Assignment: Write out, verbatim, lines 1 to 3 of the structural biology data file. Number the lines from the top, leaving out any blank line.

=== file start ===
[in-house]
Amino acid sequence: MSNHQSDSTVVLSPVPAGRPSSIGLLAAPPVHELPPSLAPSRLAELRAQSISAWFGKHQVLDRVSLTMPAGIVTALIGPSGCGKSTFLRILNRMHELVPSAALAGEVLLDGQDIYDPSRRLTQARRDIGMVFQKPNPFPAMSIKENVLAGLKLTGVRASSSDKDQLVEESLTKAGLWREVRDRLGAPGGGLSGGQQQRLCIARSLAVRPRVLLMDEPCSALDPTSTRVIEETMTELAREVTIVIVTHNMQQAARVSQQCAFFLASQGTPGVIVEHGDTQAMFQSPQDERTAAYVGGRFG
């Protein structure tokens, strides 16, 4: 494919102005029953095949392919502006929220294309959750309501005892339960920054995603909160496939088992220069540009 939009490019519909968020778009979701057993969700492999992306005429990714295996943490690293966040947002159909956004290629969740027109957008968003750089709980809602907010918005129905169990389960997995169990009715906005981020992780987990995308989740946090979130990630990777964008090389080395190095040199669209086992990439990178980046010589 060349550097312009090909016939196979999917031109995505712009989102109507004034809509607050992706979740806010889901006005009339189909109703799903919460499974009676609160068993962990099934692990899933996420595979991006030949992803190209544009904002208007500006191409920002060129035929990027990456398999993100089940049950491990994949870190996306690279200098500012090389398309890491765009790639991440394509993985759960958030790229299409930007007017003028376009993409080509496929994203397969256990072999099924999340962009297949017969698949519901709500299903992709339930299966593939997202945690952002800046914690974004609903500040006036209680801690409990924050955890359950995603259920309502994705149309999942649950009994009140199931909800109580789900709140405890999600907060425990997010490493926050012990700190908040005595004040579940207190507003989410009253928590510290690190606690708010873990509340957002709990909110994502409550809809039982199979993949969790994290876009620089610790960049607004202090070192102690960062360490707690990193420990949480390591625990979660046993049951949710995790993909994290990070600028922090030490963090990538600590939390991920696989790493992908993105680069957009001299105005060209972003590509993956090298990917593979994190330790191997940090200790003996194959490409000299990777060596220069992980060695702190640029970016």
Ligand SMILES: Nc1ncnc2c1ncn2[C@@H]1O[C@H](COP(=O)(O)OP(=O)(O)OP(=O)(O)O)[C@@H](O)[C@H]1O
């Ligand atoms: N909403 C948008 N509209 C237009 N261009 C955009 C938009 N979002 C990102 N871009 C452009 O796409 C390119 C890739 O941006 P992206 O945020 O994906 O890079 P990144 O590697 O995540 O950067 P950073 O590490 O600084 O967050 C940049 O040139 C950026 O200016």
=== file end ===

[in-house]
Amino acid sequence: MSNHQSDSTVVLSPVPAGRPSSIGLLAAPPVHELPPSLAPSRLAELRAQSISAWFGKHQVLDRVSLTMPAGIVTALIGPSGCGKSTFLRILNRMHELVPSAALAGEVLLDGQDIYDPSRRLTQARRDIGMVFQKPNPFPAMSIKENVLAGLKLTGVRASSSDKDQLVEESLTKAGLWREVRDRLGAPGGGLSGGQQQRLCIARSLAVRPRVLLMDEPCSALDPTSTRVIEETMTELAREVTIVIVTHNMQQAARVSQQCAFFLASQGTPGVIVEHGDTQAMFQSPQDERTAAYVGGRFG
């Protein structure tokens, strides 16, 4: 494919102005029953095949392919502006929220294309959750309501005892339960920054995603909160496939088992220069540009 939009490019519909968020778009979701057993969700492999992306005429990714295996943490690293966040947002159909956004290629969740027109957008968003750089709980809602907010918005129905169990389960997995169990009715906005981020992780987990995308989740946090979130990630990777964008090389080395190095040199669209086992990439990178980046010589 060349550097312009090909016939196979999917031109995505712009989102109507004034809509607050992706979740806010889901006005009339189909109703799903919460499974009676609160068993962990099934692990899933996420595979991006030949992803190209544009904002208007500006191409920002060129035929990027990456398999993100089940049950491990994949870190996306690279200098500012090389398309890491765009790639991440394509993985759960958030790229299409930007007017003028376009993409080509496929994203397969256990072999099924999340962009297949017969698949519901709500299903992709339930299966593939997202945690952002800046914690974004609903500040006036209680801690409990924050955890359950995603259920309502994705149309999942649950009994009140199931909800109580789900709140405890999600907060425990997010490493926050012990700190908040005595004040579940207190507003989410009253928590510290690190606690708010873990509340957002709990909110994502409550809809039982199979993949969790994290876009620089610790960049607004202090070192102690960062360490707690990193420990949480390591625990979660046993049951949710995790993909994290990070600028922090030490963090990538600590939390991920696989790493992908993105680069957009001299105005060209972003590509993956090298990917593979994190330790191997940090200790003996194959490409000299990777060596220069992980060695702190640029970016």